So if you deal with someone you know very well you will use your intelligence and knowledge. If you deal with someone you do not know or someone you know, but not on the specific subject, you will use your intuition or your wisdom.

Neat idea, but unfortunately doesn't fit with the fact that you use Wis on a Sense Motive check no matter how well you know the subject.

I'm also not sure why you're equating "learning & reasoning" with the known and "common sense, awareness, intuition" with the unknown. Common sense in particular is often applied to the every-day and familiar.


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Tony Stark is a great example of a character with a high INT and low WIS. "I can build this armored power suit! I'll test it out in my garage! Looks like some of the prelimiaries are working fine. Let's fly into the upper stratosphere!"

The man knows theory, but application and patience are not his strong suit.


Weirdo wrote:
Lawrence DuBois wrote:
Anarchy_Kanya wrote:
Snowleopard wrote:
Charisma is a measurement of both your good looks (or lack thereoff)
No, it isn't.
Yup. Ask the medusa. Or almost any demon or devil. It's more a "force of personality" thing, which is why it's one of the mental stats that doesn't change when you change forms or switch bodies or something.

I think the objection was "No, charisma isn't a measurement of your good looks," to which I refer you to the ability description:

Charisma measures a character's personality, personal magnetism, ability to lead, and appearance.

Many people think that charisma should be entirely separate from appearance (since it doesn't change at all with polymorph) but the CRB allows appearance to be a part of charisma.

Snowleopard wrote:

Intelligence: Intelligence determines how well your character learns and reasons.

Wisdom: Wisdom describes a character's willpower, common sense, awareness, and intuition.

Your intelligence tells you how to act on data or known factors.
Your wisdom tells you how to act on the unexpected or the unknown.

In any situation with known facts or gathering data, you will make decisions based on intelligence.
In any situation that deals with the unknown or insufficient facts, you will make decisions based on wisdom.

So if you deal with someone you know very well you will use your intelligence and knowledge. If you deal with someone you do not know or someone you know, but not on the specific subject, you will use your intuition or your wisdom.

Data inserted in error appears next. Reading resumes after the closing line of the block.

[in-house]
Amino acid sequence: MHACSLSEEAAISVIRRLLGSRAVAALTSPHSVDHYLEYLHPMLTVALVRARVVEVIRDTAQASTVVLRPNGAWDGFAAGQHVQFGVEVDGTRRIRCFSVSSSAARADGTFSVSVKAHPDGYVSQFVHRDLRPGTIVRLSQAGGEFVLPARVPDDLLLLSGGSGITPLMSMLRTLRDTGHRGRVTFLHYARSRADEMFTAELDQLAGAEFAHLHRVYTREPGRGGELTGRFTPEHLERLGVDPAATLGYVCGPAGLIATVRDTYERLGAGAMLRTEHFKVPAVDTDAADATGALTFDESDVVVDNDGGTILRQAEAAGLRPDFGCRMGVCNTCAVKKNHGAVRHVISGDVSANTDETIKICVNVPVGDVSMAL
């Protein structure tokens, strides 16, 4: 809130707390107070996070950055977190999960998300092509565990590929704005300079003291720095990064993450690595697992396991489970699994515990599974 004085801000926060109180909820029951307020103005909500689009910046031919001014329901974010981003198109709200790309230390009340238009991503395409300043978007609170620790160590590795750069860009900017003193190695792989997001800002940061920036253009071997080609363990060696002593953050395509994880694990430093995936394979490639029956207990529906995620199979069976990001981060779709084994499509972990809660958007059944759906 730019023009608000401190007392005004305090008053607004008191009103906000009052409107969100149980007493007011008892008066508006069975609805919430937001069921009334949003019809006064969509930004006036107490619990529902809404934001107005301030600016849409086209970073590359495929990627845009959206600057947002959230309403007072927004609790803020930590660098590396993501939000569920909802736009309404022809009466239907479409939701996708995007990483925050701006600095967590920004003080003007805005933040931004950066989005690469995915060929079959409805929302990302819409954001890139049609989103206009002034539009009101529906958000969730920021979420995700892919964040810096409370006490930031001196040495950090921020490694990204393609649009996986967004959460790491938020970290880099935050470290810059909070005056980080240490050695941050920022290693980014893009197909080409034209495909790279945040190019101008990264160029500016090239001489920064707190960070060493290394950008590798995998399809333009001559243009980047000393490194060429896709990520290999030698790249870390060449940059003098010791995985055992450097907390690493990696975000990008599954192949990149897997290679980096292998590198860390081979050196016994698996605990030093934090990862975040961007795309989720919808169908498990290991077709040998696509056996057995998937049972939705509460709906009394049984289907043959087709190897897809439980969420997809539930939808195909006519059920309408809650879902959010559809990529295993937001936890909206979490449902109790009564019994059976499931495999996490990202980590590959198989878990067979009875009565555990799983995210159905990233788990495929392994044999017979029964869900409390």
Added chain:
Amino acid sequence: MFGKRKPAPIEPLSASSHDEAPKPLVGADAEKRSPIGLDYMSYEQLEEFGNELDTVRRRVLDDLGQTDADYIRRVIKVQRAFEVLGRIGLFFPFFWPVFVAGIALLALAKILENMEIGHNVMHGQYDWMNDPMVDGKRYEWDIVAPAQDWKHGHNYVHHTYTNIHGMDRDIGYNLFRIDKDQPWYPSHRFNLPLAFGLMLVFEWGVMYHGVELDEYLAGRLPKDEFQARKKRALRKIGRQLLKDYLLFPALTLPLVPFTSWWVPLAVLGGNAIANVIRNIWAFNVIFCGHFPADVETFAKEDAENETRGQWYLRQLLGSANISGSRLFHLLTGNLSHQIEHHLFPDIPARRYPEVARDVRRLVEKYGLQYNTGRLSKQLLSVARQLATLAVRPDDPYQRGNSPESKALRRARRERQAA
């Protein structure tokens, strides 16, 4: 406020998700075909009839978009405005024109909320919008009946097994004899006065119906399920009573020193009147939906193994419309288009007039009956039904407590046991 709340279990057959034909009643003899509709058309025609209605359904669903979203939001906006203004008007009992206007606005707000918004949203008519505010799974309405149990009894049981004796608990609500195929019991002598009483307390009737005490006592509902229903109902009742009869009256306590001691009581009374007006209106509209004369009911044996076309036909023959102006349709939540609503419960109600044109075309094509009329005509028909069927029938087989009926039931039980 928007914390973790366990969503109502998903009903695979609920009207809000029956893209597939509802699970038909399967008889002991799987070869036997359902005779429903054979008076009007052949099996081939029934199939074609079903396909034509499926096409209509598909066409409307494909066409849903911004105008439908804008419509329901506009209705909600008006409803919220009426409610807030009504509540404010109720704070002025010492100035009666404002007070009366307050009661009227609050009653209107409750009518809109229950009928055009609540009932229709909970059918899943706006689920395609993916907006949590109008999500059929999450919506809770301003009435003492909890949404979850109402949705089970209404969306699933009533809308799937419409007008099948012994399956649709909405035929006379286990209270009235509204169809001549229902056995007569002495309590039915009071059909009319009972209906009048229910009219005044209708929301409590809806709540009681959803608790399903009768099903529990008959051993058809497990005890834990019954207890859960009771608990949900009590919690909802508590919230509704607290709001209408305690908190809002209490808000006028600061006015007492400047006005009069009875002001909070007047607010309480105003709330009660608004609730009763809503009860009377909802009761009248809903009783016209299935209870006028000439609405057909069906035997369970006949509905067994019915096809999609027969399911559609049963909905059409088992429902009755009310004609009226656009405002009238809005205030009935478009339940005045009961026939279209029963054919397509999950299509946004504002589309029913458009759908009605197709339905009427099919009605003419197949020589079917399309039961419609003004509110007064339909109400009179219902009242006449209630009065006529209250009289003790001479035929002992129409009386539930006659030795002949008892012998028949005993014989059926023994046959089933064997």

Neat idea, but unfortunately doesn't fit with the fact that you use Wis on a Sense Motive check no matter how well you know the subject.

I'm also not sure why you're equating "learning & reasoning" with the known and "common sense, awareness, intuition" with the unknown. Common sense in particular is often applied to the every-day and familiar.

My rebuttal is it says appearance. Not how attractive you are. It can magnify your attractiveness, how horrifying you are. Not one thing suggests that it has to be how beautiful you are.


Bob_Loblaw wrote:
Intelligence is knowing a tomato is a fruit. Wisdom is knowing that it doesn't belong in a fruit salad.

Charisma is being able to sell a tomato based fruit salad.


Justin Sane wrote:
Bob_Loblaw wrote:
Intelligence is knowing a tomato is a fruit. Wisdom is knowing that it doesn't belong in a fruit salad.
Charisma is being able to sell a tomato based fruit salad.

Wouldn't that just be salsa?

Shadow Lodge

Thomas Long 175 wrote:
Justin Sane wrote:
Bob_Loblaw wrote:
Intelligence is knowing a tomato is a fruit. Wisdom is knowing that it doesn't belong in a fruit salad.
Charisma is being able to sell a tomato based fruit salad.
Wouldn't that just be salsa?

And calling it salsa is the clever wordplay trait.


Have that character post on a public forum asking for advice.


Thomas Long 175 wrote:
Justin Sane wrote:
Bob_Loblaw wrote:
Intelligence is knowing a tomato is a fruit. Wisdom is knowing that it doesn't belong in a fruit salad.
Charisma is being able to sell a tomato based fruit salad.
Wouldn't that just be salsa?

Indeed. Tomatillos and chili peppers are also fruits that don't belong in a fruit salad, but put them all together and wonderful things happen.

Though I'd also add onions and cilantro, neither of which are fruits.

Sovereign Court

kyrt-ryder wrote:
Have that character post on a public forum asking for advice.

I simultaneously want to applaud and deride you.

Shadow Lodge

Thomas Long 175 wrote:
Weirdo wrote:
Lawrence DuBois wrote:
Anarchy_Kanya wrote:
Snowleopard wrote:
Charisma is a measurement of both your good looks (or lack thereoff)
No, it isn't.
Yup. Ask the medusa. Or almost any demon or devil. It's more a "force of personality" thing, which is why it's one of the mental stats that doesn't change when you change forms or switch bodies or something.